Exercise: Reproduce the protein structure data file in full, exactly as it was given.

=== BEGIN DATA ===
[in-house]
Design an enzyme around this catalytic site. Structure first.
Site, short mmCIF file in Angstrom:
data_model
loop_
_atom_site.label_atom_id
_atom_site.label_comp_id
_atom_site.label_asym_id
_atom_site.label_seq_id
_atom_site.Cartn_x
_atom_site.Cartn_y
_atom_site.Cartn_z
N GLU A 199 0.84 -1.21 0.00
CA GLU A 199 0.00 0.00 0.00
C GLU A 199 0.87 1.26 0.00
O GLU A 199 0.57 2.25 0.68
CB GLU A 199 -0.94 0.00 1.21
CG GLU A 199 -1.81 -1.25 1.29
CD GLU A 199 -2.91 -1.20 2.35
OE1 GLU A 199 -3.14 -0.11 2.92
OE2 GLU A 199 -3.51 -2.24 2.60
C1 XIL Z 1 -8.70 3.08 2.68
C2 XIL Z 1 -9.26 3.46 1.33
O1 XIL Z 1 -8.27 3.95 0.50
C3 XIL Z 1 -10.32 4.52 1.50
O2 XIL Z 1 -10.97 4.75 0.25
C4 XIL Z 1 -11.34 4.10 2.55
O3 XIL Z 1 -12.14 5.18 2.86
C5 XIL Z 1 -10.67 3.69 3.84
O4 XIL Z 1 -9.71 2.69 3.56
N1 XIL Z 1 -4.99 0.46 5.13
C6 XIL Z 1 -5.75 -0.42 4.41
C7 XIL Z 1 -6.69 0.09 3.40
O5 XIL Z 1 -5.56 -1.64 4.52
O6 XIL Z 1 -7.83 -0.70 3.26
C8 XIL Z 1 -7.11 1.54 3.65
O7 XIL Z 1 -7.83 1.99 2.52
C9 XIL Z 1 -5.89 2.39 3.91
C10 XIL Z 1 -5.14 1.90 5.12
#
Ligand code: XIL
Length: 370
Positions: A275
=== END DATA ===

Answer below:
[in-house]
Design an enzyme around this catalytic site. Structure first.
Site, short mmCIF file in Angstrom:
data_model
loop_
_atom_site.label_atom_id
_atom_site.label_comp_id
_atom_site.label_asym_id
_atom_site.label_seq_id
_atom_site.Cartn_x
_atom_site.Cartn_y
_atom_site.Cartn_z
N GLU A 199 0.84 -1.21 0.00
CA GLU A 199 0.00 0.00 0.00
C GLU A 199 0.87 1.26 0.00
O GLU A 199 0.57 2.25 0.68
CB GLU A 199 -0.94 0.00 1.21
CG GLU A 199 -1.81 -1.25 1.29
CD GLU A 199 -2.91 -1.20 2.35
OE1 GLU A 199 -3.14 -0.11 2.92
OE2 GLU A 199 -3.51 -2.24 2.60
C1 XIL Z 1 -8.70 3.08 2.68
C2 XIL Z 1 -9.26 3.46 1.33
O1 XIL Z 1 -8.27 3.95 0.50
C3 XIL Z 1 -10.32 4.52 1.50
O2 XIL Z 1 -10.97 4.75 0.25
C4 XIL Z 1 -11.34 4.10 2.55
O3 XIL Z 1 -12.14 5.18 2.86
C5 XIL Z 1 -10.67 3.69 3.84
O4 XIL Z 1 -9.71 2.69 3.56
N1 XIL Z 1 -4.99 0.46 5.13
C6 XIL Z 1 -5.75 -0.42 4.41
C7 XIL Z 1 -6.69 0.09 3.40
O5 XIL Z 1 -5.56 -1.64 4.52
O6 XIL Z 1 -7.83 -0.70 3.26
C8 XIL Z 1 -7.11 1.54 3.65
O7 XIL Z 1 -7.83 1.99 2.52
C9 XIL Z 1 -5.89 2.39 3.91
C10 XIL Z 1 -5.14 1.90 5.12
#
Ligand code: XIL
Length: 370
Positions: A275